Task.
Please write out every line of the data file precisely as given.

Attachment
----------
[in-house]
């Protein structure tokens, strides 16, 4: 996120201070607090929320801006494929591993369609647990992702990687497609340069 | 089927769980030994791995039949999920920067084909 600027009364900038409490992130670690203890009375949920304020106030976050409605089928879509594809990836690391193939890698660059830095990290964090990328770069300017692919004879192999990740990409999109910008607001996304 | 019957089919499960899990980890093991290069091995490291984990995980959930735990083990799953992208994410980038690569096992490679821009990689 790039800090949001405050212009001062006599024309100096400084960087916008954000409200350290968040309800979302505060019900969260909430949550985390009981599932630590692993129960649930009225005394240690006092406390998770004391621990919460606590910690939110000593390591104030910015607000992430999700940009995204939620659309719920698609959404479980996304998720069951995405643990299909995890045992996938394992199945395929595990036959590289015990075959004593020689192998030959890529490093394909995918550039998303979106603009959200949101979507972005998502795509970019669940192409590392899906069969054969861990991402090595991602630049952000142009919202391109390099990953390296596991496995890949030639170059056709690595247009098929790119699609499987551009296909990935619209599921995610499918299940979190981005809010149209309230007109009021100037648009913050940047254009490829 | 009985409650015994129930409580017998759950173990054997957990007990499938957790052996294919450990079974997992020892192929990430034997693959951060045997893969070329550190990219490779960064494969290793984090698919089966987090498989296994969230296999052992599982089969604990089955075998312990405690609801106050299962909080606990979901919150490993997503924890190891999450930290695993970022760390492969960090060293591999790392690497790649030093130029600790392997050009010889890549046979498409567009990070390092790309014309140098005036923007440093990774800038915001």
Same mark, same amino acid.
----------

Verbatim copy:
[in-house]
């Protein structure tokens, strides 16, 4: 996120201070607090929320801006494929591993369609647990992702990687497609340069 | 089927769980030994791995039949999920920067084909 600027009364900038409490992130670690203890009375949920304020106030976050409605089928879509594809990836690391193939890698660059830095990290964090990328770069300017692919004879192999990740990409999109910008607001996304 | 019957089919499960899990980890093991290069091995490291984990995980959930735990083990799953992208994410980038690569096992490679821009990689 790039800090949001405050212009001062006599024309100096400084960087916008954000409200350290968040309800979302505060019900969260909430949550985390009981599932630590692993129960649930009225005394240690006092406390998770004391621990919460606590910690939110000593390591104030910015607000992430999700940009995204939620659309719920698609959404479980996304998720069951995405643990299909995890045992996938394992199945395929595990036959590289015990075959004593020689192998030959890529490093394909995918550039998303979106603009959200949101979507972005998502795509970019669940192409590392899906069969054969861990991402090595991602630049952000142009919202391109390099990953390296596991496995890949030639170059056709690595247009098929790119699609499987551009296909990935619209599921995610499918299940979190981005809010149209309230007109009021100037648009913050940047254009490829 | 009985409650015994129930409580017998759950173990054997957990007990499938957790052996294919450990079974997992020892192929990430034997693959951060045997893969070329550190990219490779960064494969290793984090698919089966987090498989296994969230296999052992599982089969604990089955075998312990405690609801106050299962909080606990979901919150490993997503924890190891999450930290695993970022760390492969960090060293591999790392690497790649030093130029600790392997050009010889890549046979498409567009990070390092790309014309140098005036923007440093990774800038915001």
Same mark, same amino acid.